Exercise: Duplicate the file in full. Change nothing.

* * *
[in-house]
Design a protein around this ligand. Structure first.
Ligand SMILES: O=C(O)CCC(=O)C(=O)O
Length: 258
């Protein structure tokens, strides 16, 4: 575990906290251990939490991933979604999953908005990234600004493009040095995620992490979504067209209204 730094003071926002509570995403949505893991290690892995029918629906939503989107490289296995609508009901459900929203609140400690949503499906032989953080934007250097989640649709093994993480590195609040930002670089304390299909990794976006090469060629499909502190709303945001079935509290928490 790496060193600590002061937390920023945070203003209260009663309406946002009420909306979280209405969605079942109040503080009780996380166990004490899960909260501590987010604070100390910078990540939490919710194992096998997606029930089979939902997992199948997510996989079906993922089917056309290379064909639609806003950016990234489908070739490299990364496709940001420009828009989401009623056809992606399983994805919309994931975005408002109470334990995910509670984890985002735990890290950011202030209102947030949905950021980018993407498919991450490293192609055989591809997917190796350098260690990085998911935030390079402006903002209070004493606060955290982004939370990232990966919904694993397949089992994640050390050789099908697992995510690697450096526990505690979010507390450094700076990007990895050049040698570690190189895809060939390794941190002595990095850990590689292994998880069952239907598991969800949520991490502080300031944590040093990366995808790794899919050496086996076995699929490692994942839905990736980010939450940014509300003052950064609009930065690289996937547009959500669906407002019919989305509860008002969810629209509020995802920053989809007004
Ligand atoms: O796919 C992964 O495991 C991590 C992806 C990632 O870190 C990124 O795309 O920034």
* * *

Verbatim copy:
[in-house]
Design a protein around this ligand. Structure first.
Ligand SMILES: O=C(O)CCC(=O)C(=O)O
Length: 258
């Protein structure tokens, strides 16, 4: 575990906290251990939490991933979604999953908005990234600004493009040095995620992490979504067209209204 730094003071926002509570995403949505893991290690892995029918629906939503989107490289296995609508009901459900929203609140400690949503499906032989953080934007250097989640649709093994993480590195609040930002670089304390299909990794976006090469060629499909502190709303945001079935509290928490 790496060193600590002061937390920023945070203003209260009663309406946002009420909306979280209405969605079942109040503080009780996380166990004490899960909260501590987010604070100390910078990540939490919710194992096998997606029930089979939902997992199948997510996989079906993922089917056309290379064909639609806003950016990234489908070739490299990364496709940001420009828009989401009623056809992606399983994805919309994931975005408002109470334990995910509670984890985002735990890290950011202030209102947030949905950021980018993407498919991450490293192609055989591809997917190796350098260690990085998911935030390079402006903002209070004493606060955290982004939370990232990966919904694993397949089992994640050390050789099908697992995510690697450096526990505690979010507390450094700076990007990895050049040698570690190189895809060939390794941190002595990095850990590689292994998880069952239907598991969800949520991490502080300031944590040093990366995808790794899919050496086996076995699929490692994942839905990736980010939450940014509300003052950064609009930065690289996937547009959500669906407002019919989305509860008002969810629209509020995802920053989809007004
Ligand atoms: O796919 C992964 O495991 C991590 C992806 C990632 O870190 C990124 O795309 O920034």